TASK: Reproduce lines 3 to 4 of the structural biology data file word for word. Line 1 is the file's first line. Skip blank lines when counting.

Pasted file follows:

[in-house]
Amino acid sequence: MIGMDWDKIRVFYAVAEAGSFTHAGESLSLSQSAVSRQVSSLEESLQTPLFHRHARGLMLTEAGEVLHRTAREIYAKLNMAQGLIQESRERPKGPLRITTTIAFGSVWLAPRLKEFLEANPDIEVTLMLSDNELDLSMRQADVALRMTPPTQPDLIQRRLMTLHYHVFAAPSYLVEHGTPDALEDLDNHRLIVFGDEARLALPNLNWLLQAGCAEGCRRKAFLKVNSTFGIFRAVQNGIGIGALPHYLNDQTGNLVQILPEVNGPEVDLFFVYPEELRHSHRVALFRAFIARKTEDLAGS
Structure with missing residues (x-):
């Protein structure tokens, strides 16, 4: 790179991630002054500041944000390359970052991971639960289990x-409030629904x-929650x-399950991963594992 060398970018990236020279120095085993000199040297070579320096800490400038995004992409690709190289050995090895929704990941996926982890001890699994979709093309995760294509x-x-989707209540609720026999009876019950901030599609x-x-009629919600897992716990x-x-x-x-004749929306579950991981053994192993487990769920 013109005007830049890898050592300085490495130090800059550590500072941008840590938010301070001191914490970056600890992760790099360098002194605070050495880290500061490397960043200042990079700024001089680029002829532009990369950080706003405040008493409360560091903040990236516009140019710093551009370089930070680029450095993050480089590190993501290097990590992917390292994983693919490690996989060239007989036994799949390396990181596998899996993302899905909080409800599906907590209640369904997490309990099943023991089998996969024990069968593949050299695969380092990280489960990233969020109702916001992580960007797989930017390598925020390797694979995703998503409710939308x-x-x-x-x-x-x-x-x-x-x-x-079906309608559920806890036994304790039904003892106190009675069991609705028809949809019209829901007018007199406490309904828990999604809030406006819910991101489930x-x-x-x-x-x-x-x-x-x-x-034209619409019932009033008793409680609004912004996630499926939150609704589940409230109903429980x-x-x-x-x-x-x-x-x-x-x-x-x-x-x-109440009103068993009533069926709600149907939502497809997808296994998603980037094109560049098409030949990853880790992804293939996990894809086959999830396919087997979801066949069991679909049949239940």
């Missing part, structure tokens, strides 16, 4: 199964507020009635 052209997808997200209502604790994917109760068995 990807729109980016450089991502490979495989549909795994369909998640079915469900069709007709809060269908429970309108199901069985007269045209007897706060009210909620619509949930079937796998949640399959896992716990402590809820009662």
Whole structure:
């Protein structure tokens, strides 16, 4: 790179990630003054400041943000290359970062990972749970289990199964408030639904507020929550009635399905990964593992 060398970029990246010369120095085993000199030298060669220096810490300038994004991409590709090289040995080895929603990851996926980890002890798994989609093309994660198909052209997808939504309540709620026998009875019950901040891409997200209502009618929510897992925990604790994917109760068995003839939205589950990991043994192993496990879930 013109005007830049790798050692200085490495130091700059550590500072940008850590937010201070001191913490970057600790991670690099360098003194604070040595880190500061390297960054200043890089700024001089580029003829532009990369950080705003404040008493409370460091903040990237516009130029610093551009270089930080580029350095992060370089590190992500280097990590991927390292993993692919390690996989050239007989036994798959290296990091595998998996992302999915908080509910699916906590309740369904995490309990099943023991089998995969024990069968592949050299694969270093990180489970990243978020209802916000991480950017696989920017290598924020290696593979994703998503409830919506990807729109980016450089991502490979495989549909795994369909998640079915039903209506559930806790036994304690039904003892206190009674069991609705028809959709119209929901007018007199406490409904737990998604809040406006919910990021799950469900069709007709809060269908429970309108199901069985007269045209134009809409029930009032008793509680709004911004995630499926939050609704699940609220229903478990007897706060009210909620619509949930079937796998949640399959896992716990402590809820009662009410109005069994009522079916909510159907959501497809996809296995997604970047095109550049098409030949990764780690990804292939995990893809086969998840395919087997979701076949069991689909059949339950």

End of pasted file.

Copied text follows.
Structure with missing residues (x-):
């Protein structure tokens, strides 16, 4: 790179991630002054500041944000390359970052991971639960289990x-409030629904x-929650x-399950991963594992 060398970018990236020279120095085993000199040297070579320096800490400038995004992409690709190289050995090895929704990941996926982890001890699994979709093309995760294509x-x-989707209540609720026999009876019950901030599609x-x-009629919600897992716990x-x-x-x-004749929306579950991981053994192993487990769920 013109005007830049890898050592300085490495130090800059550590500072941008840590938010301070001191914490970056600890992760790099360098002194605070050495880290500061490397960043200042990079700024001089680029002829532009990369950080706003405040008493409360560091903040990236516009140019710093551009370089930070680029450095993050480089590190993501290097990590992917390292994983693919490690996989060239007989036994799949390396990181596998899996993302899905909080409800599906907590209640369904997490309990099943023991089998996969024990069968593949050299695969380092990280489960990233969020109702916001992580960007797989930017390598925020390797694979995703998503409710939308x-x-x-x-x-x-x-x-x-x-x-x-079906309608559920806890036994304790039904003892106190009675069991609705028809949809019209829901007018007199406490309904828990999604809030406006819910991101489930x-x-x-x-x-x-x-x-x-x-x-034209619409019932009033008793409680609004912004996630499926939150609704589940409230109903429980x-x-x-x-x-x-x-x-x-x-x-x-x-x-x-109440009103068993009533069926709600149907939502497809997808296994998603980037094109560049098409030949990853880790992804293939996990894809086959999830396919087997979801066949069991679909049949239940």